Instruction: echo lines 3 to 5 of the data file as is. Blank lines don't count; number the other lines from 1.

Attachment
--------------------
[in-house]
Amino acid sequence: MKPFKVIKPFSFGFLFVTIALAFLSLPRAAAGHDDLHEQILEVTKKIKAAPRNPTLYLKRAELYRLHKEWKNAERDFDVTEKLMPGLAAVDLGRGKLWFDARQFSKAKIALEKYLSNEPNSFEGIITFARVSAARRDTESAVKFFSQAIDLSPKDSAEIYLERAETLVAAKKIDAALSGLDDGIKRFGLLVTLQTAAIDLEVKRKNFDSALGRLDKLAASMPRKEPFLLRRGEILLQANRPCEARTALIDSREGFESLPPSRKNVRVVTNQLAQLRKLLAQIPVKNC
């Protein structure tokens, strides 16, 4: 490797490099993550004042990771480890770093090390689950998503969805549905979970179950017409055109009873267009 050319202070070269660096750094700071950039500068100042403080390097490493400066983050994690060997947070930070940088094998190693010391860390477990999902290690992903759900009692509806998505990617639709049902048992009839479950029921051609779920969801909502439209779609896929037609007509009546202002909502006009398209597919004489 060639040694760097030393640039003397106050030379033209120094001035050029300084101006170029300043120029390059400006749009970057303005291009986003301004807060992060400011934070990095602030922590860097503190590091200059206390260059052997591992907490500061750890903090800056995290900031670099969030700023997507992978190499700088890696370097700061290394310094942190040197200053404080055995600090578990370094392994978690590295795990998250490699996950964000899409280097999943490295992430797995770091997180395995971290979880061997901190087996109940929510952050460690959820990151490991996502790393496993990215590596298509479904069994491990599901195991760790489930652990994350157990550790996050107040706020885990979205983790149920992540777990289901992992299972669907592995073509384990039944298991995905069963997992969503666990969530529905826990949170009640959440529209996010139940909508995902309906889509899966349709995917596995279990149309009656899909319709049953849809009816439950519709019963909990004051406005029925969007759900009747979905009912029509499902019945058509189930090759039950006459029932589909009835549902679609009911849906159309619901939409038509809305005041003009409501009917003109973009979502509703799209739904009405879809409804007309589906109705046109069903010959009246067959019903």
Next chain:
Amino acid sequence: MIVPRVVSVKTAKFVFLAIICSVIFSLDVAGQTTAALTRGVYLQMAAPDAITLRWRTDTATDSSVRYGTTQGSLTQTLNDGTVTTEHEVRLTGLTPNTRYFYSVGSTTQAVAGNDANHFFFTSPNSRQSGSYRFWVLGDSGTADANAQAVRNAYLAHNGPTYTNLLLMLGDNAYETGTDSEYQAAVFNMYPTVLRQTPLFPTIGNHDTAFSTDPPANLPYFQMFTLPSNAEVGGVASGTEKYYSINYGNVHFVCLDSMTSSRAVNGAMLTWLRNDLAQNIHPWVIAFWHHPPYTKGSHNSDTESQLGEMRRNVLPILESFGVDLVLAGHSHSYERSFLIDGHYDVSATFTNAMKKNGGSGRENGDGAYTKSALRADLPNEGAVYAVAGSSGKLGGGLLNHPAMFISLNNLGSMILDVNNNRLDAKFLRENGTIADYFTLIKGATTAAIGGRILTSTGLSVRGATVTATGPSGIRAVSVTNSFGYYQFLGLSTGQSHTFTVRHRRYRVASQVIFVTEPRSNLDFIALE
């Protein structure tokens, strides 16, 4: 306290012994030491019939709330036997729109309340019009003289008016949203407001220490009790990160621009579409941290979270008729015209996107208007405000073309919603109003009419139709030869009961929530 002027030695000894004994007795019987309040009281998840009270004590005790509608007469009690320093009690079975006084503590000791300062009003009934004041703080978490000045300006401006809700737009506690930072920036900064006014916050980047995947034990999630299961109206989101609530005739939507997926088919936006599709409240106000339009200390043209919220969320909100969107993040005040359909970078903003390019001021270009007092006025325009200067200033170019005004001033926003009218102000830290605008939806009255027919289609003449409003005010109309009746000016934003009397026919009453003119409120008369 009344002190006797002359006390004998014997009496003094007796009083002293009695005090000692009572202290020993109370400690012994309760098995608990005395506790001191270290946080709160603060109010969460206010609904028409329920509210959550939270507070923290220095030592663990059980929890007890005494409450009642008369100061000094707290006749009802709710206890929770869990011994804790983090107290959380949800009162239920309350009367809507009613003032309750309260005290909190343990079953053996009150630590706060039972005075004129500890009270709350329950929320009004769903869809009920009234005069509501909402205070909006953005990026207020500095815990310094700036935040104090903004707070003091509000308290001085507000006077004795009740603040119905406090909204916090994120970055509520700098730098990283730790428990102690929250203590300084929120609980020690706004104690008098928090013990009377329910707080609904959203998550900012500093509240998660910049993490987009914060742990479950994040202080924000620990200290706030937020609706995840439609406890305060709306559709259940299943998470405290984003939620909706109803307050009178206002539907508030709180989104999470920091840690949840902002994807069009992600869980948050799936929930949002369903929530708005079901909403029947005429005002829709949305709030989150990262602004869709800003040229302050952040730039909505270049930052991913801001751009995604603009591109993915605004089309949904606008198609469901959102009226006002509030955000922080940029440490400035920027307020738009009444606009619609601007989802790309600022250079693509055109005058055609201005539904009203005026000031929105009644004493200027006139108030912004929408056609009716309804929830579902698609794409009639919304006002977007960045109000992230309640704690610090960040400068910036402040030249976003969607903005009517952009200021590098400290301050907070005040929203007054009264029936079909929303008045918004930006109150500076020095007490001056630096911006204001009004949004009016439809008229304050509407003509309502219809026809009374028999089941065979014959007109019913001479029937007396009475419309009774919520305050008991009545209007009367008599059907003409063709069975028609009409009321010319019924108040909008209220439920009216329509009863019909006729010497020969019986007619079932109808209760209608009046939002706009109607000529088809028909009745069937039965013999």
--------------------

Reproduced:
């Protein structure tokens, strides 16, 4: 490797490099993550004042990771480890770093090390689950998503969805549905979970179950017409055109009873267009 050319202070070269660096750094700071950039500068100042403080390097490493400066983050994690060997947070930070940088094998190693010391860390477990999902290690992903759900009692509806998505990617639709049902048992009839479950029921051609779920969801909502439209779609896929037609007509009546202002909502006009398209597919004489 060639040694760097030393640039003397106050030379033209120094001035050029300084101006170029300043120029390059400006749009970057303005291009986003301004807060992060400011934070990095602030922590860097503190590091200059206390260059052997591992907490500061750890903090800056995290900031670099969030700023997507992978190499700088890696370097700061290394310094942190040197200053404080055995600090578990370094392994978690590295795990998250490699996950964000899409280097999943490295992430797995770091997180395995971290979880061997901190087996109940929510952050460690959820990151490991996502790393496993990215590596298509479904069994491990599901195991760790489930652990994350157990550790996050107040706020885990979205983790149920992540777990289901992992299972669907592995073509384990039944298991995905069963997992969503666990969530529905826990949170009640959440529209996010139940909508995902309906889509899966349709995917596995279990149309009656899909319709049953849809009816439950519709019963909990004051406005029925969007759900009747979905009912029509499902019945058509189930090759039950006459029932589909009835549902679609009911849906159309619901939409038509809305005041003009409501009917003109973009979502509703799209739904009405879809409804007309589906109705046109069903010959009246067959019903």
Next chain:
Amino acid sequence: MIVPRVVSVKTAKFVFLAIICSVIFSLDVAGQTTAALTRGVYLQMAAPDAITLRWRTDTATDSSVRYGTTQGSLTQTLNDGTVTTEHEVRLTGLTPNTRYFYSVGSTTQAVAGNDANHFFFTSPNSRQSGSYRFWVLGDSGTADANAQAVRNAYLAHNGPTYTNLLLMLGDNAYETGTDSEYQAAVFNMYPTVLRQTPLFPTIGNHDTAFSTDPPANLPYFQMFTLPSNAEVGGVASGTEKYYSINYGNVHFVCLDSMTSSRAVNGAMLTWLRNDLAQNIHPWVIAFWHHPPYTKGSHNSDTESQLGEMRRNVLPILESFGVDLVLAGHSHSYERSFLIDGHYDVSATFTNAMKKNGGSGRENGDGAYTKSALRADLPNEGAVYAVAGSSGKLGGGLLNHPAMFISLNNLGSMILDVNNNRLDAKFLRENGTIADYFTLIKGATTAAIGGRILTSTGLSVRGATVTATGPSGIRAVSVTNSFGYYQFLGLSTGQSHTFTVRHRRYRVASQVIFVTEPRSNLDFIALE